I want to raise my two boys to be worthy and healthy men. This has prompted me to study social dynamics, exercise, and other components of masculinity appropriate for today's society.
The first series of essays begins by describing confidence as it applies to social situations. Then it reveals how most social norms are tests, not rules.
Then I discuss how to connect with people in a fourfold manner, and the six kinds of flirting. Then I use concepts from all four prior essays to discuss romance.
A second series of essays begins by lamenting how maturity is unequally a masculine trait. (More essays are coming!)
Then I try to understand motivation and changing habits. A third essay describes how to be a chooser even when reactive.
Also related to self-improvement is an introduction to muscle awareness, strength training, and stretching entitled meet your muscles.
I have also blogged about body language and the harmful messages boys hear growing up.
My essays focus on healthy masculinity, not how sexual attraction works or how it impacts dating or marriage. Although I do not agree entirely with the content, Ian's presentations The Red Pill Primer for Boys are the best resource I currently know about for teens to read about those topics.
I know many fun math games. Most weeks I volunteer at my son's elementary school to share these games with all three first grade classrooms.
Recess on a rainy day is more fun with my movement games.
I have also compiled a list of tag variants.
For fun moving and mixing at a classroom Halloween costume party I made a costume feature treasure hunt game.
When in the car, or stuck in a line, my kids enjoy quizzing each other with these practice pages. Much more fun than flash cards!
The arithmetic practice pages have a "trick" that always feels rewarding to find. There are two levels: beginning addition and subtraction and a version that also has some multiplication and division.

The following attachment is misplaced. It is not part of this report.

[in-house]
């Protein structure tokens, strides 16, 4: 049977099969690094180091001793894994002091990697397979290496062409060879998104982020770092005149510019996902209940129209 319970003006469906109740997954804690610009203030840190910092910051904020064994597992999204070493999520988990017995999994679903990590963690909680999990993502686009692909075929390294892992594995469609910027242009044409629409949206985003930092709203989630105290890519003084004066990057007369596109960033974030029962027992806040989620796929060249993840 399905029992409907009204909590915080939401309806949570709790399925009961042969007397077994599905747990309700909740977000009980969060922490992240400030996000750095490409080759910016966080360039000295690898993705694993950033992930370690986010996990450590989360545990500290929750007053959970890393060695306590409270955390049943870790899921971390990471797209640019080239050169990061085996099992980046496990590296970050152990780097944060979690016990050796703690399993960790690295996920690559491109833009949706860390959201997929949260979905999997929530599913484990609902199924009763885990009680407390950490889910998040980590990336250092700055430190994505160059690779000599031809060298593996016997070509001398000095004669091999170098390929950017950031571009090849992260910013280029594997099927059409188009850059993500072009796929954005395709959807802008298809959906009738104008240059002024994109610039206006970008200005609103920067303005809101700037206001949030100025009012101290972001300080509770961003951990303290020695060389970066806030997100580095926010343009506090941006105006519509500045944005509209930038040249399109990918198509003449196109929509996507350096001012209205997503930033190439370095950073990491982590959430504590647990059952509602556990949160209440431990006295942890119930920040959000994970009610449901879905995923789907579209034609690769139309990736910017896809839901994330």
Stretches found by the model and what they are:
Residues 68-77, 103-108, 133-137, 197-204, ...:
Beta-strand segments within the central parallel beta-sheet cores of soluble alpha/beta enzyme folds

The reading and spelling practice page makes a fun car game. One kid hold my phone, picks a word from the page, and reads it to his sibling. If the sibling spells it, huzzah and repeat! If the sibling cannot, then the sibling gets the phone and the first kid has to try to spell it—easier because the word was just in view to be memorized.
Nine Powers is my diceless, two-person role-playing game.
It has its own section in my website, and a Google+ page I will eventually start using to share it with the world.
I used to play the Pathfinder role-playing game quite a bit, and enjoyed in its participating in its forums. My most memorable character was Quarrels, a giant rat who rode a dinosaur. My most recent character was an illusionist named Shayne Anigon for a play-by-post campaign. I once played a Juju Oracle, for whom I made a nice zombie template.
Because some important Pathfinder rules are confusing I wrote and explanation of teamwork feats and pets, and analyzed of the rules about lighting, Stealth, and the Hide in Plain Sight ability.
Pathfinder also has some "weak spots" that I filled with house rules. I used my knowledge of jiu-jitsu to create alternate wrestling rules. I interpolated additional poison rules. Because much of the old-school fun of RPGs is resource allocation, I created blessing cards as one method of making a climactic Pathfinder combat more exciting. Finally, I created a way to move beyond character clases whose foundation is changing class abilities into feats and then giving characters two feats per level.
Pathfinder is currently play-testing an Occult Adventures book. So far it does little to add a truly occult mood to adventures, so I have invented paranormal house rules to fill that gap.
I have invented lots of board games. Here are some of the best ones.
I am not very good at the ancient game Go, but I enjoy it immensely. Here is my collection of internet links related to the game.
I have written house rules for Mansions of Madness that allow all players to play an Investigator, taking turns with the role of Keeper.
I have written house rules for Sherwood Showdown, my favorite kid-friendly card game.
Here is how I learned to play Dominoes, as well as how I make the game's traditional trash talking kid-friendly.
How do I know which stocks or ETFs to buy? You can read my strategy for investment picking.
Once I know which stock or ETF to buy, how do I know when to buy it? You can read my strategy for investment timing.
For most of my family's savings we use dividend investing.
I manage my IRA with a certain style of sector investing.
A slightly advanced topics is using options instead of limit orders to buy and sell stock.
Finally, I describe the charities my family supports. Donating to charity is an important part of money management.
From 2005 to 2015 I blogged. It helped me process my own thoughts, and keep in touch with family. But now I have other ways to do both.
My family drives from Oregon to San Diego at least annually. So I have researched the best way to use Costco gas stations along I-5 to save us time, money, and hassle.